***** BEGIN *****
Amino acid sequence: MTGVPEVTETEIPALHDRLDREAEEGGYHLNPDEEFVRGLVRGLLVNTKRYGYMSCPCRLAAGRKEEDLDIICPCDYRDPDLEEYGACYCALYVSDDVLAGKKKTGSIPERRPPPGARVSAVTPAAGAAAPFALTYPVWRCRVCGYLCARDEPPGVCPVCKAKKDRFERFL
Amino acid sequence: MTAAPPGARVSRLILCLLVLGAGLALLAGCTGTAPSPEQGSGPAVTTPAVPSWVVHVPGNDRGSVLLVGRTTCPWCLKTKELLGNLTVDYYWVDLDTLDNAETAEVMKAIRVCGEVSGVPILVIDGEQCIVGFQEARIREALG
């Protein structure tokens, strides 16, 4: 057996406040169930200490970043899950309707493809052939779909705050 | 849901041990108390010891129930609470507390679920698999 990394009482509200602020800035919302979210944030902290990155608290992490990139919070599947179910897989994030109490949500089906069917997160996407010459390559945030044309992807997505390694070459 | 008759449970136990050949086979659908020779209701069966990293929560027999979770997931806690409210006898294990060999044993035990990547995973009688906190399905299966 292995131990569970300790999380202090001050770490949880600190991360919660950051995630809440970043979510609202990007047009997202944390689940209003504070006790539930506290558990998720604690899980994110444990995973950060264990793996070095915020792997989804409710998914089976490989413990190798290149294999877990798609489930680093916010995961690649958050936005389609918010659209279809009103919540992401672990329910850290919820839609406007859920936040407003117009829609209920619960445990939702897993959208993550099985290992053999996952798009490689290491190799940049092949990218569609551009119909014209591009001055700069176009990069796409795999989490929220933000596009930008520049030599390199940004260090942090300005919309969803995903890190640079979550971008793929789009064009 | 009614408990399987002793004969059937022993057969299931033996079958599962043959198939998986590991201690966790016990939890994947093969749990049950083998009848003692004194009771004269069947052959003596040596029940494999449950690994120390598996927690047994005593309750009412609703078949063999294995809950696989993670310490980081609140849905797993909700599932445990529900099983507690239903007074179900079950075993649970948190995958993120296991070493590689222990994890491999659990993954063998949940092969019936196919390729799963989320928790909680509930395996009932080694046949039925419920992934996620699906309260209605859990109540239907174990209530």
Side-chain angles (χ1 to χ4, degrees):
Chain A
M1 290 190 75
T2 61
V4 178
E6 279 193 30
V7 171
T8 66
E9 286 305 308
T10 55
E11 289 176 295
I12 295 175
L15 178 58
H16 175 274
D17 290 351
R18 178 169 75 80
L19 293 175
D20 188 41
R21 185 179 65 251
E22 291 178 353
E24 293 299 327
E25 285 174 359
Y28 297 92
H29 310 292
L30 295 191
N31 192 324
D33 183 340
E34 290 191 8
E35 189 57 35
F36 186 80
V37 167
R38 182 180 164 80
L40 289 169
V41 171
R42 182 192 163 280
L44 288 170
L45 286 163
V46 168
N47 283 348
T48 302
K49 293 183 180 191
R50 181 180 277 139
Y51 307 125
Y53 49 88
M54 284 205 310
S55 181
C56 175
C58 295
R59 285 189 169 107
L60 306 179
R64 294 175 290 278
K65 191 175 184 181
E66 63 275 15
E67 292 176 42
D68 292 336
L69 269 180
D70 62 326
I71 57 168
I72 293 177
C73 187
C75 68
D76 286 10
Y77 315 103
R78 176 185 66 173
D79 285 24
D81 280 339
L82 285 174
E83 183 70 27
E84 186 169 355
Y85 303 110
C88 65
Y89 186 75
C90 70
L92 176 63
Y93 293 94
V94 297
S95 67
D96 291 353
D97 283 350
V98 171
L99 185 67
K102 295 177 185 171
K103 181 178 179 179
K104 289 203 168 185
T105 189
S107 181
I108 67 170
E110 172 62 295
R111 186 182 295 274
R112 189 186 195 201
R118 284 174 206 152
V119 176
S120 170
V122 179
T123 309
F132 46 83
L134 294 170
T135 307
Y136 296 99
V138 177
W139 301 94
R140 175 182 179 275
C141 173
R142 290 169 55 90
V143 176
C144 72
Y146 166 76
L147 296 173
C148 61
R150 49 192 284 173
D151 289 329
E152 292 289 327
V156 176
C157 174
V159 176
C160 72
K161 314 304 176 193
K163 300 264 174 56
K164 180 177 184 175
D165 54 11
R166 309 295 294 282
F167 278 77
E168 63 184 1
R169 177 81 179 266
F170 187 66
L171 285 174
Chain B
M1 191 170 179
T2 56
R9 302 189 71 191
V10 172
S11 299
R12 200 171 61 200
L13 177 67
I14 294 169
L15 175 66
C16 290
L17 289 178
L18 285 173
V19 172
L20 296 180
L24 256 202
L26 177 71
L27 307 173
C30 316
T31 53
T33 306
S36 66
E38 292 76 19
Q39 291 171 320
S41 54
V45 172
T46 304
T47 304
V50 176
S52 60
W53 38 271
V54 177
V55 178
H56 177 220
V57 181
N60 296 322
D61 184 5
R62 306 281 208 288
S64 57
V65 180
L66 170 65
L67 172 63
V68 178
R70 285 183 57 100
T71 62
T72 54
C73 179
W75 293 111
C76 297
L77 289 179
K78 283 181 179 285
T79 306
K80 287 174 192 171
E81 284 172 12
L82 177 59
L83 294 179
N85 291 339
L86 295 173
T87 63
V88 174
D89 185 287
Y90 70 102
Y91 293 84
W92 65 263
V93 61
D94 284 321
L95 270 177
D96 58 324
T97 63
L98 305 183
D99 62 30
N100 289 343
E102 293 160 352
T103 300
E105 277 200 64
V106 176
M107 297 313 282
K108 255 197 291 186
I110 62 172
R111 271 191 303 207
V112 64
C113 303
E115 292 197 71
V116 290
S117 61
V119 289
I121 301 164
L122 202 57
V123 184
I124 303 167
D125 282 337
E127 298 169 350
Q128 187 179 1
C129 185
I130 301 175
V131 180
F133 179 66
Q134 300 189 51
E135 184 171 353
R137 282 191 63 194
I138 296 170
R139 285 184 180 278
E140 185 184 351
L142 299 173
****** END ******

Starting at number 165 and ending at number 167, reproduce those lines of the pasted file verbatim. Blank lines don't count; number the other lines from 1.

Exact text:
N60 296 322
D61 184 5
R62 306 281 208 288